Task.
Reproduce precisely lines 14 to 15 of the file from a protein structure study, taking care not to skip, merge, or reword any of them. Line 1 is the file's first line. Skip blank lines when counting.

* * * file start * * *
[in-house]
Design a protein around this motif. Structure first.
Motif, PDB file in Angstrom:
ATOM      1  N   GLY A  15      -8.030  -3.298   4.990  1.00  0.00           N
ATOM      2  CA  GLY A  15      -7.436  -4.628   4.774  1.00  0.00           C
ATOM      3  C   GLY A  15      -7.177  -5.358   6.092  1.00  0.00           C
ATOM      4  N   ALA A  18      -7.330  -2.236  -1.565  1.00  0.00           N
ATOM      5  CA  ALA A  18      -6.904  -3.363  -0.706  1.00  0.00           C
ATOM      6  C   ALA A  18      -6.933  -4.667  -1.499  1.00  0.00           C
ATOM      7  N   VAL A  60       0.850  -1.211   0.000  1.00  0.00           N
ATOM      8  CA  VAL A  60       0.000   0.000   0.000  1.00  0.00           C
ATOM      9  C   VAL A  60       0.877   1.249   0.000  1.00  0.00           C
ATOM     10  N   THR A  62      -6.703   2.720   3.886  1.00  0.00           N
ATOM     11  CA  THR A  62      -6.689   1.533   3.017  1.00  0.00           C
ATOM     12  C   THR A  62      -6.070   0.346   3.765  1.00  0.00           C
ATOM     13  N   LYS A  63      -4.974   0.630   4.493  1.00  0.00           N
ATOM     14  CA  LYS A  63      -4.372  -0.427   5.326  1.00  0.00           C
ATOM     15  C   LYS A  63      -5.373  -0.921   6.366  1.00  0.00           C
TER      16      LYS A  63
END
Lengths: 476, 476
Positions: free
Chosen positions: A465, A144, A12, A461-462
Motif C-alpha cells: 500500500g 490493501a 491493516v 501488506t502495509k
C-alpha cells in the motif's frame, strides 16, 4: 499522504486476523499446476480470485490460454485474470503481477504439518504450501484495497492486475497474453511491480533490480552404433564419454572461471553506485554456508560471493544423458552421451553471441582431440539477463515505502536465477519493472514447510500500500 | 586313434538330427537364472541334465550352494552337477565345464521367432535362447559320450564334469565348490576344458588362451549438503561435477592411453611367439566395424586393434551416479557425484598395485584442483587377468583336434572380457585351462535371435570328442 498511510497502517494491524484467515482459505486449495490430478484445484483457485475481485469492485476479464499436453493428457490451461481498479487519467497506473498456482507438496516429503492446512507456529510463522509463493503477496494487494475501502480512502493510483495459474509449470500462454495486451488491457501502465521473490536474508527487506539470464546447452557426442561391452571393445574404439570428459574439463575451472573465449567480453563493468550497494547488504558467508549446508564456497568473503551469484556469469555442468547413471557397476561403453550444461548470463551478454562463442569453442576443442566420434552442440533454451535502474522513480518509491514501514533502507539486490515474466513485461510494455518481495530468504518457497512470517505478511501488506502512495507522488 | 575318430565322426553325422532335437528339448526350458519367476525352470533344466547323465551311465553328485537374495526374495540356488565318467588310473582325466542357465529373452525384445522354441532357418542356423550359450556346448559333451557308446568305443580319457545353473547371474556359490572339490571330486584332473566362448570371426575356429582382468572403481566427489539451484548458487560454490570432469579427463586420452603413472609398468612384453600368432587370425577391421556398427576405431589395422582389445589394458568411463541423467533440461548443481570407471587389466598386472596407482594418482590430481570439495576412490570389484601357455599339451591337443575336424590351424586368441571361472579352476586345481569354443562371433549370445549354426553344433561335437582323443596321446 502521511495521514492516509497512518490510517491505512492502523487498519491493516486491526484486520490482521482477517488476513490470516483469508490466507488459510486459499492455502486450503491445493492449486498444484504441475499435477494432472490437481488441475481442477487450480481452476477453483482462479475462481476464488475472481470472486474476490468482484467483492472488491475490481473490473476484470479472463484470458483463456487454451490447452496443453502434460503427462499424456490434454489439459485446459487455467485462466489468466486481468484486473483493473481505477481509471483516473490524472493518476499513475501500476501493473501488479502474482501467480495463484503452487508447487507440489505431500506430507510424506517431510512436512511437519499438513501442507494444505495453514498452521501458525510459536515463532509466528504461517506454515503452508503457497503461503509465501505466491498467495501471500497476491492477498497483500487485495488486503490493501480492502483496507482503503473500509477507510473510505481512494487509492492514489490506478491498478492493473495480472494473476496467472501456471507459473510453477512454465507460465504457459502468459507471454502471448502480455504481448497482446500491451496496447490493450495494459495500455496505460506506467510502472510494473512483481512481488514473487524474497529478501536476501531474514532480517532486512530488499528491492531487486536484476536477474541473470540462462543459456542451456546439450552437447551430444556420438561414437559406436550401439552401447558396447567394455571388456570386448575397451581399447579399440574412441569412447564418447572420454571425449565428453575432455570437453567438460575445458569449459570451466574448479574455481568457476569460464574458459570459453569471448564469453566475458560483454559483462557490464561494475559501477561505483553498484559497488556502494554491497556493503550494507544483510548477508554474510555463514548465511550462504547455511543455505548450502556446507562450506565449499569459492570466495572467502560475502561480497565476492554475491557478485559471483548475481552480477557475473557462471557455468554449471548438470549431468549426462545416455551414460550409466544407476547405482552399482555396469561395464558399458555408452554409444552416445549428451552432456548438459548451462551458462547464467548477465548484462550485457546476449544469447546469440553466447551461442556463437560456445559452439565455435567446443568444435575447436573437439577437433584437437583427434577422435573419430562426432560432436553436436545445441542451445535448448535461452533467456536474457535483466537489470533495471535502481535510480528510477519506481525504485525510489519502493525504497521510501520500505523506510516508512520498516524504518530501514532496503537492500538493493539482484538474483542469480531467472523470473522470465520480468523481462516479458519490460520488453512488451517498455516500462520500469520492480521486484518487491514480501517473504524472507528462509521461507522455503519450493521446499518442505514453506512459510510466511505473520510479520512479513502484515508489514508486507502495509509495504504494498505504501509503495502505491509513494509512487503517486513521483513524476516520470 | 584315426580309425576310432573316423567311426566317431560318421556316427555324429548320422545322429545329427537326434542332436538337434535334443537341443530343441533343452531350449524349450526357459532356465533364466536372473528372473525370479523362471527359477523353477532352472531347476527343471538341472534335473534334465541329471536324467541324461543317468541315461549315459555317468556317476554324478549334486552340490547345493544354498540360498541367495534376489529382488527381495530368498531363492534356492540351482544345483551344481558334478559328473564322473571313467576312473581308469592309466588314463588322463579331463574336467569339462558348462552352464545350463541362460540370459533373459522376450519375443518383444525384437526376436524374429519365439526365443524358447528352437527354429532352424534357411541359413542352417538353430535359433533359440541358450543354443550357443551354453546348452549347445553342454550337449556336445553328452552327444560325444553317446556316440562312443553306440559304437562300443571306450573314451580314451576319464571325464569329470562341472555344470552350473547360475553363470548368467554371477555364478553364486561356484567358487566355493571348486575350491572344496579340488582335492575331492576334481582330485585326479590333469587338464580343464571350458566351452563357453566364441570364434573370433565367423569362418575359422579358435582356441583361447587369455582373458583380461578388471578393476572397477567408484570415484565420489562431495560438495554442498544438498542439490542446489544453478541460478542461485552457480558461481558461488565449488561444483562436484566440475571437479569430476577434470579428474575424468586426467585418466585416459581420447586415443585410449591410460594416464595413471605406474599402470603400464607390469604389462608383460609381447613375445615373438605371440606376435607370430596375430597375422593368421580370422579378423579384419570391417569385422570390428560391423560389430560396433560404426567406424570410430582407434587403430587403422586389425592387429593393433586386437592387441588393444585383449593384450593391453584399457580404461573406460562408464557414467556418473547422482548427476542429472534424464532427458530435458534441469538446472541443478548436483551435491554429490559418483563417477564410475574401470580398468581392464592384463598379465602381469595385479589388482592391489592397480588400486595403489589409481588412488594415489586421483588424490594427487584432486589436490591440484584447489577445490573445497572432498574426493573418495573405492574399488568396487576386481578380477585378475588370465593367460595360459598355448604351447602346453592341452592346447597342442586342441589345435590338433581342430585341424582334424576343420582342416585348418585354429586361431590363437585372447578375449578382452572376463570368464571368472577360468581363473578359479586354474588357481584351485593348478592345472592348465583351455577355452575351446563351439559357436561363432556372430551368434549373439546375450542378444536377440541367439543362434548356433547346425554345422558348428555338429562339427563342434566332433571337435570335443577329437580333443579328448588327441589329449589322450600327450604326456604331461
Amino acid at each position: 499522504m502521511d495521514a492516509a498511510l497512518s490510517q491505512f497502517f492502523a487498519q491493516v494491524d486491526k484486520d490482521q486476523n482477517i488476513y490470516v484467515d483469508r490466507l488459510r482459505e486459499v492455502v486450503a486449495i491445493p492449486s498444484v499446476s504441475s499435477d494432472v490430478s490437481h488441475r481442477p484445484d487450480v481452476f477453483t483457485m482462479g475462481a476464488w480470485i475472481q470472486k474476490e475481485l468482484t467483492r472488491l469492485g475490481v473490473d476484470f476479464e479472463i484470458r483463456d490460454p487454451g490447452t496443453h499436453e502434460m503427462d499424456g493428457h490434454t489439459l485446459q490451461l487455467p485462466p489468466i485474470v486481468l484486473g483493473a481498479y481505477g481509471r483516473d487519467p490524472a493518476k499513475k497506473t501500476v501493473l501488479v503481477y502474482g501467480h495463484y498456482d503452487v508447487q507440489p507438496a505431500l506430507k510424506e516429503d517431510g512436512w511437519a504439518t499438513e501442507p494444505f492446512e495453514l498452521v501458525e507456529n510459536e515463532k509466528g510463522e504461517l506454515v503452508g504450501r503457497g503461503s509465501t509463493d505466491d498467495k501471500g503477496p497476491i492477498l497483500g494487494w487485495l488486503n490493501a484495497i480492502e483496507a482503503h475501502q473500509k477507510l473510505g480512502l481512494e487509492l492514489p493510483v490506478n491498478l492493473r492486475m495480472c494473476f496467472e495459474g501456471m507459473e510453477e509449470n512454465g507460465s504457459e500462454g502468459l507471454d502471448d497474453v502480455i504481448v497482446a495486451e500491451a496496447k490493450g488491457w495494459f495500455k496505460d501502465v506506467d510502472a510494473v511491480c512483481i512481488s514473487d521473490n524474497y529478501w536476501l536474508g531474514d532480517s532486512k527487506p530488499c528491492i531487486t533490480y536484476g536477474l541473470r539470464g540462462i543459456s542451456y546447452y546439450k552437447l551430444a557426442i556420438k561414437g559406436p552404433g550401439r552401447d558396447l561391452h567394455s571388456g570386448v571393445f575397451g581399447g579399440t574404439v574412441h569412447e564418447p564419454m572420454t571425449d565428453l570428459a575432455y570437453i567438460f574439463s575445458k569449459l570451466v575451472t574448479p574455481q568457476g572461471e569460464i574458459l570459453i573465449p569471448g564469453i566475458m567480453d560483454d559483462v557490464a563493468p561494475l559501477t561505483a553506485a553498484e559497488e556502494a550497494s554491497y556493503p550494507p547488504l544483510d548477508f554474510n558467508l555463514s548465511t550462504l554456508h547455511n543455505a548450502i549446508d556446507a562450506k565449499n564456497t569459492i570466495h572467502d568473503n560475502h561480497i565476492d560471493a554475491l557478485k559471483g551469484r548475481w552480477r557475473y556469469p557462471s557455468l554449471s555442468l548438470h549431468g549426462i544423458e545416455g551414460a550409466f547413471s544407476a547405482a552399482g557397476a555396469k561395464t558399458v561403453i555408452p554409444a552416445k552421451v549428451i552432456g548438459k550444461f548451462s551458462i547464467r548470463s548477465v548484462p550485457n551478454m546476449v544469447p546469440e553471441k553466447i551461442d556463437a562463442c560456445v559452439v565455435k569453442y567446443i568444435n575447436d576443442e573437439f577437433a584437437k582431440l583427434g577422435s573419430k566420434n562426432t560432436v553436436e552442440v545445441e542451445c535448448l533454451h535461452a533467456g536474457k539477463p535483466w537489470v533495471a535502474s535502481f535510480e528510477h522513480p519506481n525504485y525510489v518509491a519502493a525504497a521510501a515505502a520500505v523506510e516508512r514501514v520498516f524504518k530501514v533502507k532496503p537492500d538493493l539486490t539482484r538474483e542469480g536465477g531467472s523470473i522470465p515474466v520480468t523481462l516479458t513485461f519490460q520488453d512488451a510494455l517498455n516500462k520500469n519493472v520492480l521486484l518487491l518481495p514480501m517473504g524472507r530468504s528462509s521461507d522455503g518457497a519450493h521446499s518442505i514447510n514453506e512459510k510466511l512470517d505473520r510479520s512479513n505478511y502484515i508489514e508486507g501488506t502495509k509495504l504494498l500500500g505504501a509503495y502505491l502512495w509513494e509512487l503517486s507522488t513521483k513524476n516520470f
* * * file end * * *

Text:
ATOM     11  CA  THR A  62      -6.689   1.533   3.017  1.00  0.00           C
ATOM     12  C   THR A  62      -6.070   0.346   3.765  1.00  0.00           C